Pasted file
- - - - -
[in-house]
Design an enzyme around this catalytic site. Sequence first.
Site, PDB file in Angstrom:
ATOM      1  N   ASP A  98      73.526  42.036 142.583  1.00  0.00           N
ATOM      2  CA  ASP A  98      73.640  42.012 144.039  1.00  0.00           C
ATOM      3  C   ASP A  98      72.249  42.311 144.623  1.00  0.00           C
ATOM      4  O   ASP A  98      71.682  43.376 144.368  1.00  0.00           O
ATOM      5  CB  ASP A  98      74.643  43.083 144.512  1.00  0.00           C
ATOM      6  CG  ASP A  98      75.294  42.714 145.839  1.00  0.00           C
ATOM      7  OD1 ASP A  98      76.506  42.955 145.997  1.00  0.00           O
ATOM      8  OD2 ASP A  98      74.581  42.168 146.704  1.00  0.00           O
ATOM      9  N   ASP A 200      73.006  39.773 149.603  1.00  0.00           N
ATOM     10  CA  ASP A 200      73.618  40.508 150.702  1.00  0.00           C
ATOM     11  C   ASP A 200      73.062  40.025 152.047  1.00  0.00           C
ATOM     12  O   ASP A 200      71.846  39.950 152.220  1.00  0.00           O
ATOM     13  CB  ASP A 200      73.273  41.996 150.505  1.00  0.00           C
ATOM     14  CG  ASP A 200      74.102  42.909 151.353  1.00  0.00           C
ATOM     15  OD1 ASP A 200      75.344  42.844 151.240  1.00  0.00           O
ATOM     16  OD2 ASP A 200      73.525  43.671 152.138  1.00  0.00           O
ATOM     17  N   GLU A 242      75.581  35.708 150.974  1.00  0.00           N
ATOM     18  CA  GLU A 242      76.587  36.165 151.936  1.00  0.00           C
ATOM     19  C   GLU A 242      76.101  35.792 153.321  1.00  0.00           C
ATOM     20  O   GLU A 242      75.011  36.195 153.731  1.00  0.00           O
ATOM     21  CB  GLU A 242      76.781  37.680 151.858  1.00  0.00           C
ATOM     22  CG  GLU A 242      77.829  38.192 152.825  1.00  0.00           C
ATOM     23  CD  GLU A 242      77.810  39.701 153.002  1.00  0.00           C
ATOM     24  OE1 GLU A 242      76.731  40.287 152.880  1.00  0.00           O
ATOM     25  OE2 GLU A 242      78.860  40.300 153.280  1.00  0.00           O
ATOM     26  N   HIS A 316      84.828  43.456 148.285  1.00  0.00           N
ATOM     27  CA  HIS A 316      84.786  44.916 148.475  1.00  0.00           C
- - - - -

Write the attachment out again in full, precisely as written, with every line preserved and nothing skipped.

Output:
[in-house]
Design an enzyme around this catalytic site. Sequence first.
Site, PDB file in Angstrom:
ATOM      1  N   ASP A  98      73.526  42.036 142.583  1.00  0.00           N
ATOM      2  CA  ASP A  98      73.640  42.012 144.039  1.00  0.00           C
ATOM      3  C   ASP A  98      72.249  42.311 144.623  1.00  0.00           C
ATOM      4  O   ASP A  98      71.682  43.376 144.368  1.00  0.00           O
ATOM      5  CB  ASP A  98      74.643  43.083 144.512  1.00  0.00           C
ATOM      6  CG  ASP A  98      75.294  42.714 145.839  1.00  0.00           C
ATOM      7  OD1 ASP A  98      76.506  42.955 145.997  1.00  0.00           O
ATOM      8  OD2 ASP A  98      74.581  42.168 146.704  1.00  0.00           O
ATOM      9  N   ASP A 200      73.006  39.773 149.603  1.00  0.00           N
ATOM     10  CA  ASP A 200      73.618  40.508 150.702  1.00  0.00           C
ATOM     11  C   ASP A 200      73.062  40.025 152.047  1.00  0.00           C
ATOM     12  O   ASP A 200      71.846  39.950 152.220  1.00  0.00           O
ATOM     13  CB  ASP A 200      73.273  41.996 150.505  1.00  0.00           C
ATOM     14  CG  ASP A 200      74.102  42.909 151.353  1.00  0.00           C
ATOM     15  OD1 ASP A 200      75.344  42.844 151.240  1.00  0.00           O
ATOM     16  OD2 ASP A 200      73.525  43.671 152.138  1.00  0.00           O
ATOM     17  N   GLU A 242      75.581  35.708 150.974  1.00  0.00           N
ATOM     18  CA  GLU A 242      76.587  36.165 151.936  1.00  0.00           C
ATOM     19  C   GLU A 242      76.101  35.792 153.321  1.00  0.00           C
ATOM     20  O   GLU A 242      75.011  36.195 153.731  1.00  0.00           O
ATOM     21  CB  GLU A 242      76.781  37.680 151.858  1.00  0.00           C
ATOM     22  CG  GLU A 242      77.829  38.192 152.825  1.00  0.00           C
ATOM     23  CD  GLU A 242      77.810  39.701 153.002  1.00  0.00           C
ATOM     24  OE1 GLU A 242      76.731  40.287 152.880  1.00  0.00           O
ATOM     25  OE2 GLU A 242      78.860  40.300 153.280  1.00  0.00           O
ATOM     26  N   HIS A 316      84.828  43.456 148.285  1.00  0.00           N
ATOM     27  CA  HIS A 316      84.786  44.916 148.475  1.00  0.00           C